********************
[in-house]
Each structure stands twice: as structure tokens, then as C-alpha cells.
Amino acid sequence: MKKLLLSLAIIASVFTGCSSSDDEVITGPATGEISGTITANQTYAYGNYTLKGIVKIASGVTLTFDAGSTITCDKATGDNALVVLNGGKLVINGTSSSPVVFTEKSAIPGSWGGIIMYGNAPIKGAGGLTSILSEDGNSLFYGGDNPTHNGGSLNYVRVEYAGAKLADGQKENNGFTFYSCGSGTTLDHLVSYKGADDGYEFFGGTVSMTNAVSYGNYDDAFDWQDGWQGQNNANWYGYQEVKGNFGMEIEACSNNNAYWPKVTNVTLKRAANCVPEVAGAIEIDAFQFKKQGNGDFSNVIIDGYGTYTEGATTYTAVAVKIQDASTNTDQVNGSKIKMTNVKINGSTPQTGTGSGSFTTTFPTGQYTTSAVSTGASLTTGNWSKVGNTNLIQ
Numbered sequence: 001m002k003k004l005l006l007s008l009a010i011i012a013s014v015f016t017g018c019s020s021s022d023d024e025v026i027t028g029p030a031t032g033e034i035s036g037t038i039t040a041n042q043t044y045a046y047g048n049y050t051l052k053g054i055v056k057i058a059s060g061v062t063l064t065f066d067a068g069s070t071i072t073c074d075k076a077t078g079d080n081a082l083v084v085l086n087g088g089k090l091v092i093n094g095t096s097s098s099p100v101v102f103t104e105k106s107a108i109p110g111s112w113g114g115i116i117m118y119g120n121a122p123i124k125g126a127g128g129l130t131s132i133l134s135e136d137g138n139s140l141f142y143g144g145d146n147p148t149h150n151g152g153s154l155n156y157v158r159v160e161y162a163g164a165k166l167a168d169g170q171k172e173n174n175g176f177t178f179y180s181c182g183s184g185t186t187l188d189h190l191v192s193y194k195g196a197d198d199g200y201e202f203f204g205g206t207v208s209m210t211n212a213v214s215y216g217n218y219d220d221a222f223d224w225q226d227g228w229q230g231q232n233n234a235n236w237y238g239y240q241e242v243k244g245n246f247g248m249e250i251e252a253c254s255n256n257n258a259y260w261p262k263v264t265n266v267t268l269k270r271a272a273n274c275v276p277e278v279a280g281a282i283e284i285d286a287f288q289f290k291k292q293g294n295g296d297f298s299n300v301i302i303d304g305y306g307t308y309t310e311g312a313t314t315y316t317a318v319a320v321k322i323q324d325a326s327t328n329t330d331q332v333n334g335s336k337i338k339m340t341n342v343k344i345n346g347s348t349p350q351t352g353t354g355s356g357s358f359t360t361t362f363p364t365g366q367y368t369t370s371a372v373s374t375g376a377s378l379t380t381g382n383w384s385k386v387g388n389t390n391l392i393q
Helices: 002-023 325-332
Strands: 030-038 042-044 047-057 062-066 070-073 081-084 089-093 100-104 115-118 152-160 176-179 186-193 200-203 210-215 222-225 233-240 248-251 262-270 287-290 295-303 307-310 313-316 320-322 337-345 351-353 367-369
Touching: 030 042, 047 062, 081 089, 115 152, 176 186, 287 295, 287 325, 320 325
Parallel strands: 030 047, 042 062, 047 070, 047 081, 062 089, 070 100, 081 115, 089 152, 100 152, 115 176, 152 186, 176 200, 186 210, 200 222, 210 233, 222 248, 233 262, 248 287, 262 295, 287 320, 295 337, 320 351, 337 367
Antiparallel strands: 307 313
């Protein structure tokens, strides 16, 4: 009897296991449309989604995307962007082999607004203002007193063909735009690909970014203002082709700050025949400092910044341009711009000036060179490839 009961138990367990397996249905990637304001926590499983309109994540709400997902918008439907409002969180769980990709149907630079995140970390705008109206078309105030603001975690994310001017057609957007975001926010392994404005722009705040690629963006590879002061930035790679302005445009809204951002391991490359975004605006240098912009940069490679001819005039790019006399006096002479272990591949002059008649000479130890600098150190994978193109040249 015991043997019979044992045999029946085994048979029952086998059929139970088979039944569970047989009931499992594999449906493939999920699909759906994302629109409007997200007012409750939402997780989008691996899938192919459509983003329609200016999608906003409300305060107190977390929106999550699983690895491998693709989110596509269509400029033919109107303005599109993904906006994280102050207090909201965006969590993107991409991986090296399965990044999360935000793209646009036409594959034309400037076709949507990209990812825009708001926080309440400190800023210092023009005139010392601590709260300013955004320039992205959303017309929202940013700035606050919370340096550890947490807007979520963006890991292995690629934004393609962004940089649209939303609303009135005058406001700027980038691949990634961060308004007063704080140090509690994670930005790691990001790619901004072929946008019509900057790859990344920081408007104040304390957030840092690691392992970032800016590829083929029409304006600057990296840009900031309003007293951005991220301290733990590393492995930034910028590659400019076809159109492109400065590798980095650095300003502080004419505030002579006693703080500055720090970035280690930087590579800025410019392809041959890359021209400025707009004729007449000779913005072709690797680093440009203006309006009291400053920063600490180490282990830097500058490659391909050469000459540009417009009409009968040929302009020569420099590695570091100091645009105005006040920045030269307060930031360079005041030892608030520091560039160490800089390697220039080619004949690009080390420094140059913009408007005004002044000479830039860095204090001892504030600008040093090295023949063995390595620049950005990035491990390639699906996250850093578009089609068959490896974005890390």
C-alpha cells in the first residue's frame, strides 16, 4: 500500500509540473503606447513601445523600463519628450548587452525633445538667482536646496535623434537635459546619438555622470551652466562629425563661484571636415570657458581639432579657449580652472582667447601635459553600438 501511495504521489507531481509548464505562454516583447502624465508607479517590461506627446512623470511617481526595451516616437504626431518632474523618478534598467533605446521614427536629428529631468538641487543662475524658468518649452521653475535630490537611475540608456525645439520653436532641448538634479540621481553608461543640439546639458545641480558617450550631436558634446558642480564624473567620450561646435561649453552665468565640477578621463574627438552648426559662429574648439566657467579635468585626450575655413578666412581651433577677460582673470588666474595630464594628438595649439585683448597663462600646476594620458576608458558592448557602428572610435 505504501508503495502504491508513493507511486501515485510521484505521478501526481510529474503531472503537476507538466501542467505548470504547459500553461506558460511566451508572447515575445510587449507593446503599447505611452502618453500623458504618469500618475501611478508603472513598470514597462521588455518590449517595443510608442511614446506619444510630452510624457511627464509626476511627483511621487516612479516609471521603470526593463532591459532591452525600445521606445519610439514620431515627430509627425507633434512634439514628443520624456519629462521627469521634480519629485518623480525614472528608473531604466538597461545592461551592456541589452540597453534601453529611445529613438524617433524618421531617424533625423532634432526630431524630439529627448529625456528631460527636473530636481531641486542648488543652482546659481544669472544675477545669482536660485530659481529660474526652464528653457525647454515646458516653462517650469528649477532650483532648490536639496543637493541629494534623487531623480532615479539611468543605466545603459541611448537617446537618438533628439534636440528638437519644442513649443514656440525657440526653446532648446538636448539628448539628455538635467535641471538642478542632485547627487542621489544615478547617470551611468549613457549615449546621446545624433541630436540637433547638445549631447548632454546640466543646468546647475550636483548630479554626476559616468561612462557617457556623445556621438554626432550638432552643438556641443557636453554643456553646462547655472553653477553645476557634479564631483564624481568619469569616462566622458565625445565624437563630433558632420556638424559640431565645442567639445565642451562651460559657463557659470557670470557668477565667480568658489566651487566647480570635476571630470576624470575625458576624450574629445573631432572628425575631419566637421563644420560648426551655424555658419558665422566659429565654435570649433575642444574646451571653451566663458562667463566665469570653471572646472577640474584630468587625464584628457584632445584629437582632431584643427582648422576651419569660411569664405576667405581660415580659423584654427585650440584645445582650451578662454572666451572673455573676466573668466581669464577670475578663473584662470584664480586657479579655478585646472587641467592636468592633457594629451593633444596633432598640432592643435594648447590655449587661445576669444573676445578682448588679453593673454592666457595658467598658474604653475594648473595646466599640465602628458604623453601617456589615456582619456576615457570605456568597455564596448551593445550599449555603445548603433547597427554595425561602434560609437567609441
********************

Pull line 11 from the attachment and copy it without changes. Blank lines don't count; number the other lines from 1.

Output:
C-alpha cells in the first residue's frame, strides 16, 4: 500500500509540473503606447513601445523600463519628450548587452525633445538667482536646496535623434537635459546619438555622470551652466562629425563661484571636415570657458581639432579657449580652472582667447601635459553600438 501511495504521489507531481509548464505562454516583447502624465508607479517590461506627446512623470511617481526595451516616437504626431518632474523618478534598467533605446521614427536629428529631468538641487543662475524658468518649452521653475535630490537611475540608456525645439520653436532641448538634479540621481553608461543640439546639458545641480558617450550631436558634446558642480564624473567620450561646435561649453552665468565640477578621463574627438552648426559662429574648439566657467579635468585626450575655413578666412581651433577677460582673470588666474595630464594628438595649439585683448597663462600646476594620458576608458558592448557602428572610435 505504501508503495502504491508513493507511486501515485510521484505521478501526481510529474503531472503537476507538466501542467505548470504547459500553461506558460511566451508572447515575445510587449507593446503599447505611452502618453500623458504618469500618475501611478508603472513598470514597462521588455518590449517595443510608442511614446506619444510630452510624457511627464509626476511627483511621487516612479516609471521603470526593463532591459532591452525600445521606445519610439514620431515627430509627425507633434512634439514628443520624456519629462521627469521634480519629485518623480525614472528608473531604466538597461545592461551592456541589452540597453534601453529611445529613438524617433524618421531617424533625423532634432526630431524630439529627448529625456528631460527636473530636481531641486542648488543652482546659481544669472544675477545669482536660485530659481529660474526652464528653457525647454515646458516653462517650469528649477532650483532648490536639496543637493541629494534623487531623480532615479539611468543605466545603459541611448537617446537618438533628439534636440528638437519644442513649443514656440525657440526653446532648446538636448539628448539628455538635467535641471538642478542632485547627487542621489544615478547617470551611468549613457549615449546621446545624433541630436540637433547638445549631447548632454546640466543646468546647475550636483548630479554626476559616468561612462557617457556623445556621438554626432550638432552643438556641443557636453554643456553646462547655472553653477553645476557634479564631483564624481568619469569616462566622458565625445565624437563630433558632420556638424559640431565645442567639445565642451562651460559657463557659470557670470557668477565667480568658489566651487566647480570635476571630470576624470575625458576624450574629445573631432572628425575631419566637421563644420560648426551655424555658419558665422566659429565654435570649433575642444574646451571653451566663458562667463566665469570653471572646472577640474584630468587625464584628457584632445584629437582632431584643427582648422576651419569660411569664405576667405581660415580659423584654427585650440584645445582650451578662454572666451572673455573676466573668466581669464577670475578663473584662470584664480586657479579655478585646472587641467592636468592633457594629451593633444596633432598640432592643435594648447590655449587661445576669444573676445578682448588679453593673454592666457595658467598658474604653475594648473595646466599640465602628458604623453601617456589615456582619456576615457570605456568597455564596448551593445550599449555603445548603433547597427554595425561602434560609437567609441